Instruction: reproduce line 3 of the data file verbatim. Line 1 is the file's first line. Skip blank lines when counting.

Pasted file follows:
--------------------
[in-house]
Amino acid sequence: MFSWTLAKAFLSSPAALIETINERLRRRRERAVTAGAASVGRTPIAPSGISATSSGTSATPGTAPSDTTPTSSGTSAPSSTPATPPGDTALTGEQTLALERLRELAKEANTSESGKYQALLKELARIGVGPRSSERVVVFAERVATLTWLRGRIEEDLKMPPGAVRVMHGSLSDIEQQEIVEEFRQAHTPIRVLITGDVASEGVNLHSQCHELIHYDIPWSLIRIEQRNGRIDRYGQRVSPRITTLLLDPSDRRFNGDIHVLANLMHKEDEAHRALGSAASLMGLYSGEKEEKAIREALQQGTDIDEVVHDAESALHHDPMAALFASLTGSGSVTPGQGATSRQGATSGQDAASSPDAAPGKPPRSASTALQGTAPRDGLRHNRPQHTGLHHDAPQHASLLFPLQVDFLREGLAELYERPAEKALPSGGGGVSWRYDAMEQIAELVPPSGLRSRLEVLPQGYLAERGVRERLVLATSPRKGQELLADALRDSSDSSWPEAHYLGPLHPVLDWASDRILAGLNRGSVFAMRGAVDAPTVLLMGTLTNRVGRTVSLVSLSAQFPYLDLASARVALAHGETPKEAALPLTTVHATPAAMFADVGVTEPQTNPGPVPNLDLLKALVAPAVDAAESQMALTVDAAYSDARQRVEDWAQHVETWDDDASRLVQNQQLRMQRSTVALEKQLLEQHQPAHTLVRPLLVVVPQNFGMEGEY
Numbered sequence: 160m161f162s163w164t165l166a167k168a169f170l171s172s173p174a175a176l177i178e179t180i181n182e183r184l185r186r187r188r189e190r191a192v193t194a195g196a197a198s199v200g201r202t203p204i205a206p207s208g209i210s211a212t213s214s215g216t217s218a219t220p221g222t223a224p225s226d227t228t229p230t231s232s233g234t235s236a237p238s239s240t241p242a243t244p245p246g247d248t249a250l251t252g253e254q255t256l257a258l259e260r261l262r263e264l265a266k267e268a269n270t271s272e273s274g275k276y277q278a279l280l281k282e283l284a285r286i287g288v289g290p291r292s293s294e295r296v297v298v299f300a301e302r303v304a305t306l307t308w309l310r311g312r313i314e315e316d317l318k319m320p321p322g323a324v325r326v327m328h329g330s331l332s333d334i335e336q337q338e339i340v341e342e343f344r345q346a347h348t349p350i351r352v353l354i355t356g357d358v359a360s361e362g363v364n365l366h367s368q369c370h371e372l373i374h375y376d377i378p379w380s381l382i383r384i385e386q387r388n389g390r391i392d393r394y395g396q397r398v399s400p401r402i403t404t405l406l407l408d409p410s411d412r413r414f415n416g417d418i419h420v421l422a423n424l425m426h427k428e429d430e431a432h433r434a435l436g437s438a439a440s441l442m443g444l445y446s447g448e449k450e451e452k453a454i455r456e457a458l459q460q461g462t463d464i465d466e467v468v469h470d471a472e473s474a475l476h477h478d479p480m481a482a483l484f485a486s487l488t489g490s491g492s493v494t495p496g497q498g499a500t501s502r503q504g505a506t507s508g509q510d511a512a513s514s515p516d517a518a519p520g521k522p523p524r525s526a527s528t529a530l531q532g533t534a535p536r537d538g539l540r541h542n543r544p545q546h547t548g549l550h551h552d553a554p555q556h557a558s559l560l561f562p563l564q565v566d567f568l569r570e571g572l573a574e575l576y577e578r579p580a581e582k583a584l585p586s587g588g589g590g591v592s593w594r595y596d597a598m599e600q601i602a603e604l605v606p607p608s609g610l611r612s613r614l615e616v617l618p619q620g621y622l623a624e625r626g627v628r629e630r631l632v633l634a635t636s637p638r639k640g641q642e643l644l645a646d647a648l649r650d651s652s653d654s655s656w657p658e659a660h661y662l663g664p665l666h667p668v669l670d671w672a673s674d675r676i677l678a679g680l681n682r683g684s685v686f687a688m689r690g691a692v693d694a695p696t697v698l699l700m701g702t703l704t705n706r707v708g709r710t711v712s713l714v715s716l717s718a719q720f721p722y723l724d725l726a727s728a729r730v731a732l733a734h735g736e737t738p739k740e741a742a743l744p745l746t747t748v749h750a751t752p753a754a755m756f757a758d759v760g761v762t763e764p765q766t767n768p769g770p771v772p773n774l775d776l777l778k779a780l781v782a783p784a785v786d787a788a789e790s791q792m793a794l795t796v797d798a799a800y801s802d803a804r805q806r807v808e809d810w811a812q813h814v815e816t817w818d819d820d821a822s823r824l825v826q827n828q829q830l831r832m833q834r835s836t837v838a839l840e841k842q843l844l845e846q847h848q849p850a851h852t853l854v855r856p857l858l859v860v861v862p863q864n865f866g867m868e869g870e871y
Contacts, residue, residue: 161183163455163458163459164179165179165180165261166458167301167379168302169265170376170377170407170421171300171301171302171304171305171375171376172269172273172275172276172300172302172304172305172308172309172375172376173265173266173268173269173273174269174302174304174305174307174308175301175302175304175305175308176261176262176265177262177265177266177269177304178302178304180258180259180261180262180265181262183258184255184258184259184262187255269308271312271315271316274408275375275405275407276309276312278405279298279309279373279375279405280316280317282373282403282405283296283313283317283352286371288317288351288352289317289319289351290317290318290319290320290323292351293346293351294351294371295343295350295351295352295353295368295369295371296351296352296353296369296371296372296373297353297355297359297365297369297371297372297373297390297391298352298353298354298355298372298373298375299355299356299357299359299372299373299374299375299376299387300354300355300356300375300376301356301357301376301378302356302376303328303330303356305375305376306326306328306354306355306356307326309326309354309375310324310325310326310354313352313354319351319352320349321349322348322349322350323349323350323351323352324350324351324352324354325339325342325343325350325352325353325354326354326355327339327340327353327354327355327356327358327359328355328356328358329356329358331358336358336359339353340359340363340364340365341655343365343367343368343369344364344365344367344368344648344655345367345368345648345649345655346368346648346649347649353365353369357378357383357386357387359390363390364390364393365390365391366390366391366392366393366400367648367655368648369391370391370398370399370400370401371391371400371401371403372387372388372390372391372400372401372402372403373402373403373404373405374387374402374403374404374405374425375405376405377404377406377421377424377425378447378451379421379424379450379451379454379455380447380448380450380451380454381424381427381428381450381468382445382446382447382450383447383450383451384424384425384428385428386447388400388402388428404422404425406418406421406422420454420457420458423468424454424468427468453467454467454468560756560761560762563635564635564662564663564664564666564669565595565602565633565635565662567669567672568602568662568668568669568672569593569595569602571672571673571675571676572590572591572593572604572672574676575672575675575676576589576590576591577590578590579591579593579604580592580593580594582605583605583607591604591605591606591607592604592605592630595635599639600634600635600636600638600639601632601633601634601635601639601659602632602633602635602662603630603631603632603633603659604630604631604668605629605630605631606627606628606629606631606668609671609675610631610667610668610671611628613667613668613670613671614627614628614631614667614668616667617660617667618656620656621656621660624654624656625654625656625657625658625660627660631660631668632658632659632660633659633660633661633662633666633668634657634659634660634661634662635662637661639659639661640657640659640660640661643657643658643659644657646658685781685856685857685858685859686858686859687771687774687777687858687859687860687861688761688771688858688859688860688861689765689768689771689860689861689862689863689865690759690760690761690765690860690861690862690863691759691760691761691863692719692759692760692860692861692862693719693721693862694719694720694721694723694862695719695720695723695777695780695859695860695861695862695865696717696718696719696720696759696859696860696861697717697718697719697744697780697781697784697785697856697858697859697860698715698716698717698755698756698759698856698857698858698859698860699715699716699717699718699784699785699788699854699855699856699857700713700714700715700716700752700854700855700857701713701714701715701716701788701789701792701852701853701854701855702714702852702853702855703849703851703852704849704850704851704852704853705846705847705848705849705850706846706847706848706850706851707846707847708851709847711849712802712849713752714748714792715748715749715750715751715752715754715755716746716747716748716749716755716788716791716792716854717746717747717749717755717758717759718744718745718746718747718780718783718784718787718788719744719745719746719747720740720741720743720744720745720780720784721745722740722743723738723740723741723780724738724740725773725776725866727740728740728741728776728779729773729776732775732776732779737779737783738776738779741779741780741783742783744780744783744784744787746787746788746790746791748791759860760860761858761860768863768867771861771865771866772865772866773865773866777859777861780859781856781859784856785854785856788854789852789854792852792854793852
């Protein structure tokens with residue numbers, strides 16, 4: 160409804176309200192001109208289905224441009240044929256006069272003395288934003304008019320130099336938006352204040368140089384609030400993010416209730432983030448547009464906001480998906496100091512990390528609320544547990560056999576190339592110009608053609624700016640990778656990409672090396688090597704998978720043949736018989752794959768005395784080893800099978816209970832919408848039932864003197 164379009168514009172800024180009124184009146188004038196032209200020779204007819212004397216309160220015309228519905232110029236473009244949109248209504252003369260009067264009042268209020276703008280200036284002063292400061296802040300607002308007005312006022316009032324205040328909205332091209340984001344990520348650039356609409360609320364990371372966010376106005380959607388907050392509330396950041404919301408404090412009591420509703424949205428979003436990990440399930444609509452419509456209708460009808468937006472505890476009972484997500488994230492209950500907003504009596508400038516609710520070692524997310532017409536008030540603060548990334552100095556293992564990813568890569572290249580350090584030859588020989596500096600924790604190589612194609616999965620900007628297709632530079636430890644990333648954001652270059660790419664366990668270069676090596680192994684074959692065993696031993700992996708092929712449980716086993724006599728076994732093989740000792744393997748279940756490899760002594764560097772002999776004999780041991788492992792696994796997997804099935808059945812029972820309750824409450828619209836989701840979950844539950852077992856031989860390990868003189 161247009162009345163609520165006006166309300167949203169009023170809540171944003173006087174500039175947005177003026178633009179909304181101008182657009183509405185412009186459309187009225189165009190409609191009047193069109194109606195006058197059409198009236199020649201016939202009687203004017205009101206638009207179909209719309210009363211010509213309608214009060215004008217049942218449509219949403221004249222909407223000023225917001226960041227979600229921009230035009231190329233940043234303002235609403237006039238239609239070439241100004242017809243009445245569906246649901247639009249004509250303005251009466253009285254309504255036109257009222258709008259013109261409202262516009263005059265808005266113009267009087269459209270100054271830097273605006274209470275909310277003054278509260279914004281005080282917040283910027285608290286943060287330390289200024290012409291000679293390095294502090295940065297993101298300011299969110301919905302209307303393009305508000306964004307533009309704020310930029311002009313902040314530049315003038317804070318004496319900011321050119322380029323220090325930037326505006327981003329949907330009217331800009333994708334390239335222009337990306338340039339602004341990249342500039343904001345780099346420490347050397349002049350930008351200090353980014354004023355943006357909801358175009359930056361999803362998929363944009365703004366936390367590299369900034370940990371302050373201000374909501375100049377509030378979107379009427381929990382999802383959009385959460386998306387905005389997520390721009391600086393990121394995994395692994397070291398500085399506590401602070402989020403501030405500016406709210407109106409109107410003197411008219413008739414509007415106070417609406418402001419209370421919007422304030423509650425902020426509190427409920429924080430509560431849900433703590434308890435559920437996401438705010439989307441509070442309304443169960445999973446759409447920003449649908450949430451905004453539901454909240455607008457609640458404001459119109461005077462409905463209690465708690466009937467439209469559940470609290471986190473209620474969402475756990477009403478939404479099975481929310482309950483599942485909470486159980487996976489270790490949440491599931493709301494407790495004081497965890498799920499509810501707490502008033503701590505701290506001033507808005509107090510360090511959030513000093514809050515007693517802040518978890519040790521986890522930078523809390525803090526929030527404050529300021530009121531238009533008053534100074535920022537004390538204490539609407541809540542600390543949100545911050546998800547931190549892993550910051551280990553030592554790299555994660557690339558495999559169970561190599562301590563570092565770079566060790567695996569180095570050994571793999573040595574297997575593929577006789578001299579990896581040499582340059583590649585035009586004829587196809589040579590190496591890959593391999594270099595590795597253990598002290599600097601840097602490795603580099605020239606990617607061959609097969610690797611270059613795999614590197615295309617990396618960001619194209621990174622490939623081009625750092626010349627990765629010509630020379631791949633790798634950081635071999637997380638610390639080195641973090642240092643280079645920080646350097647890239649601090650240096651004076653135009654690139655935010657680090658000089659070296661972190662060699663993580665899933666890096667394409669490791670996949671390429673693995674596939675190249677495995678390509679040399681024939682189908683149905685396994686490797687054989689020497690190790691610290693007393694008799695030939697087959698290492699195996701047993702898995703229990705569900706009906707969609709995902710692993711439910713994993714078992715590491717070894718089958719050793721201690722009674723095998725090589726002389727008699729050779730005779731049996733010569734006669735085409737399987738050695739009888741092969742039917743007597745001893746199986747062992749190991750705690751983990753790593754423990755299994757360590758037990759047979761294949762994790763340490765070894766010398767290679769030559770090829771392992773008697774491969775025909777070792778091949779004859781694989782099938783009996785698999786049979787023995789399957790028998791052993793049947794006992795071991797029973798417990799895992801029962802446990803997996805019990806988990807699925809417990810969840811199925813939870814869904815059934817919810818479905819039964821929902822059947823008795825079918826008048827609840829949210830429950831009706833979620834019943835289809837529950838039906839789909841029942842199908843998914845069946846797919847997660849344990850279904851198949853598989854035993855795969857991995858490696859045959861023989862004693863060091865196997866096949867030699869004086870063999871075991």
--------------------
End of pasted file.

Numbered sequence: 160m161f162s163w164t165l166a167k168a169f170l171s172s173p174a175a176l177i178e179t180i181n182e183r184l185r186r187r188r189e190r191a192v193t194a195g196a197a198s199v200g201r202t203p204i205a206p207s208g209i210s211a212t213s214s215g216t217s218a219t220p221g222t223a224p225s226d227t228t229p230t231s232s233g234t235s236a237p238s239s240t241p242a243t244p245p246g247d248t249a250l251t252g253e254q255t256l257a258l259e260r261l262r263e264l265a266k267e268a269n270t271s272e273s274g275k276y277q278a279l280l281k282e283l284a285r286i287g288v289g290p291r292s293s294e295r296v297v298v299f300a301e302r303v304a305t306l307t308w309l310r311g312r313i314e315e316d317l318k319m320p321p322g323a324v325r326v327m328h329g330s331l332s333d334i335e336q337q338e339i340v341e342e343f344r345q346a347h348t349p350i351r352v353l354i355t356g357d358v359a360s361e362g363v364n365l366h367s368q369c370h371e372l373i374h375y376d377i378p379w380s381l382i383r384i385e386q387r388n389g390r391i392d393r394y395g396q397r398v399s400p401r402i403t404t405l406l407l408d409p410s411d412r413r414f415n416g417d418i419h420v421l422a423n424l425m426h427k428e429d430e431a432h433r434a435l436g437s438a439a440s441l442m443g444l445y446s447g448e449k450e451e452k453a454i455r456e457a458l459q460q461g462t463d464i465d466e467v468v469h470d471a472e473s474a475l476h477h478d479p480m481a482a483l484f485a486s487l488t489g490s491g492s493v494t495p496g497q498g499a500t501s502r503q504g505a506t507s508g509q510d511a512a513s514s515p516d517a518a519p520g521k522p523p524r525s526a527s528t529a530l531q532g533t534a535p536r537d538g539l540r541h542n543r544p545q546h547t548g549l550h551h552d553a554p555q556h557a558s559l560l561f562p563l564q565v566d567f568l569r570e571g572l573a574e575l576y577e578r579p580a581e582k583a584l585p586s587g588g589g590g591v592s593w594r595y596d597a598m599e600q601i602a603e604l605v606p607p608s609g610l611r612s613r614l615e616v617l618p619q620g621y622l623a624e625r626g627v628r629e630r631l632v633l634a635t636s637p638r639k640g641q642e643l644l645a646d647a648l649r650d651s652s653d654s655s656w657p658e659a660h661y662l663g664p665l666h667p668v669l670d671w672a673s674d675r676i677l678a679g680l681n682r683g684s685v686f687a688m689r690g691a692v693d694a695p696t697v698l699l700m701g702t703l704t705n706r707v708g709r710t711v712s713l714v715s716l717s718a719q720f721p722y723l724d725l726a727s728a729r730v731a732l733a734h735g736e737t738p739k740e741a742a743l744p745l746t747t748v749h750a751t752p753a754a755m756f757a758d759v760g761v762t763e764p765q766t767n768p769g770p771v772p773n774l775d776l777l778k779a780l781v782a783p784a785v786d787a788a789e790s791q792m793a794l795t796v797d798a799a800y801s802d803a804r805q806r807v808e809d810w811a812q813h814v815e816t817w818d819d820d821a822s823r824l825v826q827n828q829q830l831r832m833q834r835s836t837v838a839l840e841k842q843l844l845e846q847h848q849p850a851h852t853l854v855r856p857l858l859v860v861v862p863q864n865f866g867m868e869g870e871y